Not only that, but some of my best memories are of me talking to my mom about the books we were reading! Her office is stacked floor-to-ceiling with books, my dad is a reader, and they've bent over backward to make sure that I always had access to any book I wanted.

They let me watch TV too, but they made books seem like a good idea, and they did this by showing me their example. Maybe the first woman on the bench was reading an ebook, but let's not get into that discussion!

#3: Donate to First Book.

One thing that I've started doing is donating 10% of my personal profits from the Stairway to Wisdom to First Book, in order to help them provide books for every child who wants one.

Taken from their website, this is what they do:

"First Book Canada’s mission is to transform the lives of children in need by improving access to educational opportunities.
Through a market-driven model, First Book Canada is creating equal access to quality education — making everything from brand new, high-quality books and educational resources, to winter coats, backpacks, and more – affordable to its member network of more than 10,000 educators who exclusively serve kids in need.
First Book Canada members work in classrooms, after school and summer or early childhood programs, shelters and health clinics, libraries, community programs, and other settings serving a majority of children in need.
Since 2009, First Book Canada has distributed more than 7 million books and educational resources to programs and schools serving children from low-income families in Canada. First Book Canada currently reaches hundreds of thousands of children every year."

Sign me up! First Book could certainly use your help, so please consider making a regular donation if you can! There's also an American branch of First Book, so if you'd rather donate to them they could certainly use your help as well!

About the Author:

Maryanne Wolf completed her doctorate at Harvard University, in the Department of Human Development and Psychology in the Graduate School of Education, where she began her work in cognitive neuroscience and psycholinguistics on the reading brain, language, and dyslexia.

She has undergraduate and Master's degrees in English Literature from St. Mary's College/Notre Dame and Northwestern University. The author of more than 160 scientific articles, she designed the RAVE-O reading intervention for children with dyslexia, and with Martha Denckla, co-authored the RAN/RAS naming speed tests, a major predictor of dyslexia across all languages.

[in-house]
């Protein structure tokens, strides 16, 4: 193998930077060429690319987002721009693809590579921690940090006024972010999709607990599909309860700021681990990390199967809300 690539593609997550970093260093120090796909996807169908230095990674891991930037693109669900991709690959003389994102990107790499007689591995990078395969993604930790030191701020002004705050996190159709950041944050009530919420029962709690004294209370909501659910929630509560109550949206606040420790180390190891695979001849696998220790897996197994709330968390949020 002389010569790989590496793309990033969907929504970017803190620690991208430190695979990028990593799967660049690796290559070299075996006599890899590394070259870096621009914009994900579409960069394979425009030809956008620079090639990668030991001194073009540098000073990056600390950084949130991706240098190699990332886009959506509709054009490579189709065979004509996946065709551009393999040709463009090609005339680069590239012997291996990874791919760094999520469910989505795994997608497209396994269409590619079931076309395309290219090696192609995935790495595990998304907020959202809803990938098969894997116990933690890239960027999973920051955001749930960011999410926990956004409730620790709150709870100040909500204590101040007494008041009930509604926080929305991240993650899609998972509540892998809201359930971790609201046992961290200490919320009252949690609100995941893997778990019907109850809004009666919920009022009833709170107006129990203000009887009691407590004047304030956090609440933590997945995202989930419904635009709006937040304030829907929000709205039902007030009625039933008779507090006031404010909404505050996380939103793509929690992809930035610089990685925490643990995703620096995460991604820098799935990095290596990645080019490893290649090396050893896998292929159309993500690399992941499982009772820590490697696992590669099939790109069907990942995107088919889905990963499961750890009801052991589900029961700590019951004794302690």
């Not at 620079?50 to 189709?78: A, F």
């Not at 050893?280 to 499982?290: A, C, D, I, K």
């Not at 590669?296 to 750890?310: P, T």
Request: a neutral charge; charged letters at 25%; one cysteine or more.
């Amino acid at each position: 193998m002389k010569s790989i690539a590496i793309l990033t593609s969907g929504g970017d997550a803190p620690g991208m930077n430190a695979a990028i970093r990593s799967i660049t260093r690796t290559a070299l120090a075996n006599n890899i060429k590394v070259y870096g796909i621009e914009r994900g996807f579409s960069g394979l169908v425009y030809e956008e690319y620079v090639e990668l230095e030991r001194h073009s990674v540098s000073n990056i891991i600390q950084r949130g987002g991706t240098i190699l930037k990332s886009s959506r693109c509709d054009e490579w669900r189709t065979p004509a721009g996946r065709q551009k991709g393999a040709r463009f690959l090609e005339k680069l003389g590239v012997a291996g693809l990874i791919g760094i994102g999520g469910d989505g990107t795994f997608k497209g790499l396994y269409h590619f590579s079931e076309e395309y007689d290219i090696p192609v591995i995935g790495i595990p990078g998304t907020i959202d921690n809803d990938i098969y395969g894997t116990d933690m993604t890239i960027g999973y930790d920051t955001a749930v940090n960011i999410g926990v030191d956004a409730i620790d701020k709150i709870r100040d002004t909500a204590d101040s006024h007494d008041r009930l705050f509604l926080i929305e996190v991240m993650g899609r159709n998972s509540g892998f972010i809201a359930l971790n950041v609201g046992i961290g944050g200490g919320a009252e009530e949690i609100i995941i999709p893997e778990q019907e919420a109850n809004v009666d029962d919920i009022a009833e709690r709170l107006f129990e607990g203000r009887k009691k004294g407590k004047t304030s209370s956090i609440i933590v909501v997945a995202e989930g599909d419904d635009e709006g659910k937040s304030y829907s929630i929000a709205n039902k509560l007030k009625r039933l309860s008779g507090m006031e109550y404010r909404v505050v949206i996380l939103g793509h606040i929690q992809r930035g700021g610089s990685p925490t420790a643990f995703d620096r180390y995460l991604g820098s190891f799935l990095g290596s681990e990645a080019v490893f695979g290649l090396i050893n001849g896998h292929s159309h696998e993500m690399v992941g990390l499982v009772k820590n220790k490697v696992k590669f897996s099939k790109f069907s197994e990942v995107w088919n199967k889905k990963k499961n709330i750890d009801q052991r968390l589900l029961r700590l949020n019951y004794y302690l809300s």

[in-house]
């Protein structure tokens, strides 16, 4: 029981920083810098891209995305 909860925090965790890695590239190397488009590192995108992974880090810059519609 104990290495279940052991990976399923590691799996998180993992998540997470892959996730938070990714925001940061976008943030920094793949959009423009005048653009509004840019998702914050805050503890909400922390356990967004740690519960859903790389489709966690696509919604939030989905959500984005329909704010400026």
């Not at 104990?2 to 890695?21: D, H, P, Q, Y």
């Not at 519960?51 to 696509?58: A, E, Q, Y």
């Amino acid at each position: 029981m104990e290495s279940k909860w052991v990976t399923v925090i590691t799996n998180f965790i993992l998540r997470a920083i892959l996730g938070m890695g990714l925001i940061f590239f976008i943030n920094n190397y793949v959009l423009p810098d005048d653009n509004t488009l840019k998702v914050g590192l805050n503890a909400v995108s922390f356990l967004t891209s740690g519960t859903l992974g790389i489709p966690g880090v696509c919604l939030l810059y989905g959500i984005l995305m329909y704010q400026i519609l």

Among her awards are the Fulbright Fellowship, the Chapman University Presidential Fellow, the Norman Geschwind and Samuel Orton Awards (the highest honors from the International Dyslexia Association), the Distinguished Teacher of the Year awards from the state and national American Psychological Association, the Eminent Researcher of the Year Award for Learning Disabilities (Australia), and both the Alice Ansara and the Windward Researcher of the Year award for her research on dyslexia. With Maureen Lovett and Robin Morris, she received the NICHD Shannon Award for Innovative Research. She received the Christopher Columbus award for Intellectual Innovation for her work as co-founder of Curious Learning, a global literacy initiative with deployments in Africa, India, Australia, and the rural United States, and the Einstein Award from The Dyslexia Foundation for her work in dyslexia.

She was a Fellow (2014-2015) and Research Affiliate (2016-2017) at the Center for Advanced Study in the Behavioral Sciences at Stanford University. She is currently working with members of the Dyslexia Center in the UCSF School of Medicine and the faculty at Chapman University on issues related to dyslexia and is an External Advisor to the International Monetary Fund, a research advisor to the Canadian Children’s Literacy Foundation, and a frequent speaker at the Pontifical Academy of Sciences.

Additional Resources:

Maryanne Wolf's Brief Synopsis of Proust and the Squid

The "Three Lives" of the Good Reader

How the Reading Brain Teaches Us to Raise Literate Minds

Literacy is a Basic Human Right

Global Literacy Project

This Book on Amazon:

Proust and the Squid, by Maryanne Wolf

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Reader, Come Home, by Maryanne Wolf

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The Reading Life, by C.S. Lewis

Flowers for Algernon, by Daniel Keyes

Brain Rules, by John Medina

Thinking, Fast and Slow, by Daniel Kahneman

Conscious, by Annaka Harris

Excellent Sheep, by William Deresiewicz

Book by Book, by Michael Dirda

The Promise of a Pencil, by Adam Braun